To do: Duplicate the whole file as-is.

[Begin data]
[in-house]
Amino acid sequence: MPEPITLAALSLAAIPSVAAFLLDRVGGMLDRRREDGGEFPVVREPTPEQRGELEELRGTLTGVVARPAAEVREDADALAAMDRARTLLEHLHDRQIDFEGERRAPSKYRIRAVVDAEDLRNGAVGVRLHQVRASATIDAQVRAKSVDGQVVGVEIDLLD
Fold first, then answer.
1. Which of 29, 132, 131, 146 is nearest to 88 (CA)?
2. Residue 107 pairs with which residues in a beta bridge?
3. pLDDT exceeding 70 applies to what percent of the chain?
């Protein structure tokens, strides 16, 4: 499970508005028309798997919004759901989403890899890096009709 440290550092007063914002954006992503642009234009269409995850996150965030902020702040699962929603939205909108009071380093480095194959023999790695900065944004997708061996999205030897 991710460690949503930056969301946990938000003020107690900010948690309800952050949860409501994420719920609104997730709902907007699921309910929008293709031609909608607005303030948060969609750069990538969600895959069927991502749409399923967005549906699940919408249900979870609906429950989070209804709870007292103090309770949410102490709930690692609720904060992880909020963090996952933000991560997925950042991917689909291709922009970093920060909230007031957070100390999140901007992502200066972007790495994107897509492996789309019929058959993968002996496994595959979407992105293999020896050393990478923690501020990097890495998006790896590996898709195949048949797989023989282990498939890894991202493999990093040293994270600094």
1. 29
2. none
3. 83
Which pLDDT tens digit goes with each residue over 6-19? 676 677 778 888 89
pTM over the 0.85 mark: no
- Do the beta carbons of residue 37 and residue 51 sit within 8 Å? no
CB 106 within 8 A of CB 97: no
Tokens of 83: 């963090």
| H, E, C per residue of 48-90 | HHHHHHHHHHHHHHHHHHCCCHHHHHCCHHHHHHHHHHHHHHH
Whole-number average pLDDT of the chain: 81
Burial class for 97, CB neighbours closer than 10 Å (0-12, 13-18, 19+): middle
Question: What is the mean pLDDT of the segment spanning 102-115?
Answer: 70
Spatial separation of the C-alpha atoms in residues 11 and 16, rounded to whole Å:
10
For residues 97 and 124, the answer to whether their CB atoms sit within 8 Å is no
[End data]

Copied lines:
[in-house]
Amino acid sequence: MPEPITLAALSLAAIPSVAAFLLDRVGGMLDRRREDGGEFPVVREPTPEQRGELEELRGTLTGVVARPAAEVREDADALAAMDRARTLLEHLHDRQIDFEGERRAPSKYRIRAVVDAEDLRNGAVGVRLHQVRASATIDAQVRAKSVDGQVVGVEIDLLD
Fold first, then answer.
1. Which of 29, 132, 131, 146 is nearest to 88 (CA)?
2. Residue 107 pairs with which residues in a beta bridge?
3. pLDDT exceeding 70 applies to what percent of the chain?
């Protein structure tokens, strides 16, 4: 499970508005028309798997919004759901989403890899890096009709 440290550092007063914002954006992503642009234009269409995850996150965030902020702040699962929603939205909108009071380093480095194959023999790695900065944004997708061996999205030897 991710460690949503930056969301946990938000003020107690900010948690309800952050949860409501994420719920609104997730709902907007699921309910929008293709031609909608607005303030948060969609750069990538969600895959069927991502749409399923967005549906699940919408249900979870609906429950989070209804709870007292103090309770949410102490709930690692609720904060992880909020963090996952933000991560997925950042991917689909291709922009970093920060909230007031957070100390999140901007992502200066972007790495994107897509492996789309019929058959993968002996496994595959979407992105293999020896050393990478923690501020990097890495998006790896590996898709195949048949797989023989282990498939890894991202493999990093040293994270600094």
1. 29
2. none
3. 83
Which pLDDT tens digit goes with each residue over 6-19? 676 677 778 888 89
pTM over the 0.85 mark: no
- Do the beta carbons of residue 37 and residue 51 sit within 8 Å? no
CB 106 within 8 A of CB 97: no
Tokens of 83: 């963090």
| H, E, C per residue of 48-90 | HHHHHHHHHHHHHHHHHHCCCHHHHHCCHHHHHHHHHHHHHHH
Whole-number average pLDDT of the chain: 81
Burial class for 97, CB neighbours closer than 10 Å (0-12, 13-18, 19+): middle
Question: What is the mean pLDDT of the segment spanning 102-115?
Answer: 70
Spatial separation of the C-alpha atoms in residues 11 and 16, rounded to whole Å:
10
For residues 97 and 124, the answer to whether their CB atoms sit within 8 Å is no